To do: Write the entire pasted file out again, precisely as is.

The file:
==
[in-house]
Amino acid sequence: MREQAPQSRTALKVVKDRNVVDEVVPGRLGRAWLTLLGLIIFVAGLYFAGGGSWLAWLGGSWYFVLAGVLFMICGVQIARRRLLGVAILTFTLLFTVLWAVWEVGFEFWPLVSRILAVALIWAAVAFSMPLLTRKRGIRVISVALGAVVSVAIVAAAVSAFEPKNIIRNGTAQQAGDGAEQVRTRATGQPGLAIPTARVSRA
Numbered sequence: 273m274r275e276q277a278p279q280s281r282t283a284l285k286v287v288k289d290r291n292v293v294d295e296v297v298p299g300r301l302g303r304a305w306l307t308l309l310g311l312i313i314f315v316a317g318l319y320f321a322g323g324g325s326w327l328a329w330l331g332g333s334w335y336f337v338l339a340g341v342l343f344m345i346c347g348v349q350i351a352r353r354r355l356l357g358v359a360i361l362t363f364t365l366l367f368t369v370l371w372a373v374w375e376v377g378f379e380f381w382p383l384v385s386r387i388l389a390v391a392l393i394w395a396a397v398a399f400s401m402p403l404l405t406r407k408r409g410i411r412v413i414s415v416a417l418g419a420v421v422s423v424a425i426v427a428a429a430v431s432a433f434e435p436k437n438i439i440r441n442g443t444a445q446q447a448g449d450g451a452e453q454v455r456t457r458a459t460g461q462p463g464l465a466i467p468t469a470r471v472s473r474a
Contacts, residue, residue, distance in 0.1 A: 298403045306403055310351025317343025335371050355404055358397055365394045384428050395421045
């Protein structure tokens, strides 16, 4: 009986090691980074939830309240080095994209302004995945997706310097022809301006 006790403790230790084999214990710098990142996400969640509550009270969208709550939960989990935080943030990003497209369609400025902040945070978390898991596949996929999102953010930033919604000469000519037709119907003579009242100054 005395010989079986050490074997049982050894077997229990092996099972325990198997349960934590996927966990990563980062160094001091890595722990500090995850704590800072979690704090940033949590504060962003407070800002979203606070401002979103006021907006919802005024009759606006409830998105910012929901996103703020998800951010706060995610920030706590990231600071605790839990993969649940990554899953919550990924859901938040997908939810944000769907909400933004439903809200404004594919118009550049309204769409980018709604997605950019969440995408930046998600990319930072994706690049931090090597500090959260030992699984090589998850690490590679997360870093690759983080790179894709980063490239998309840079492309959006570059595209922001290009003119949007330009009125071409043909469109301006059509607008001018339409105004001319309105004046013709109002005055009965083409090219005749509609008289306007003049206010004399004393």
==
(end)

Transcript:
[in-house]
Amino acid sequence: MREQAPQSRTALKVVKDRNVVDEVVPGRLGRAWLTLLGLIIFVAGLYFAGGGSWLAWLGGSWYFVLAGVLFMICGVQIARRRLLGVAILTFTLLFTVLWAVWEVGFEFWPLVSRILAVALIWAAVAFSMPLLTRKRGIRVISVALGAVVSVAIVAAAVSAFEPKNIIRNGTAQQAGDGAEQVRTRATGQPGLAIPTARVSRA
Numbered sequence: 273m274r275e276q277a278p279q280s281r282t283a284l285k286v287v288k289d290r291n292v293v294d295e296v297v298p299g300r301l302g303r304a305w306l307t308l309l310g311l312i313i314f315v316a317g318l319y320f321a322g323g324g325s326w327l328a329w330l331g332g333s334w335y336f337v338l339a340g341v342l343f344m345i346c347g348v349q350i351a352r353r354r355l356l357g358v359a360i361l362t363f364t365l366l367f368t369v370l371w372a373v374w375e376v377g378f379e380f381w382p383l384v385s386r387i388l389a390v391a392l393i394w395a396a397v398a399f400s401m402p403l404l405t406r407k408r409g410i411r412v413i414s415v416a417l418g419a420v421v422s423v424a425i426v427a428a429a430v431s432a433f434e435p436k437n438i439i440r441n442g443t444a445q446q447a448g449d450g451a452e453q454v455r456t457r458a459t460g461q462p463g464l465a466i467p468t469a470r471v472s473r474a
Contacts, residue, residue, distance in 0.1 A: 298403045306403055310351025317343025335371050355404055358397055365394045384428050395421045
């Protein structure tokens, strides 16, 4: 009986090691980074939830309240080095994209302004995945997706310097022809301006 006790403790230790084999214990710098990142996400969640509550009270969208709550939960989990935080943030990003497209369609400025902040945070978390898991596949996929999102953010930033919604000469000519037709119907003579009242100054 005395010989079986050490074997049982050894077997229990092996099972325990198997349960934590996927966990990563980062160094001091890595722990500090995850704590800072979690704090940033949590504060962003407070800002979203606070401002979103006021907006919802005024009759606006409830998105910012929901996103703020998800951010706060995610920030706590990231600071605790839990993969649940990554899953919550990924859901938040997908939810944000769907909400933004439903809200404004594919118009550049309204769409980018709604997605950019969440995408930046998600990319930072994706690049931090090597500090959260030992699984090589998850690490590679997360870093690759983080790179894709980063490239998309840079492309959006570059595209922001290009003119949007330009009125071409043909469109301006059509607008001018339409105004001319309105004046013709109002005055009965083409090219005749509609008289306007003049206010004399004393």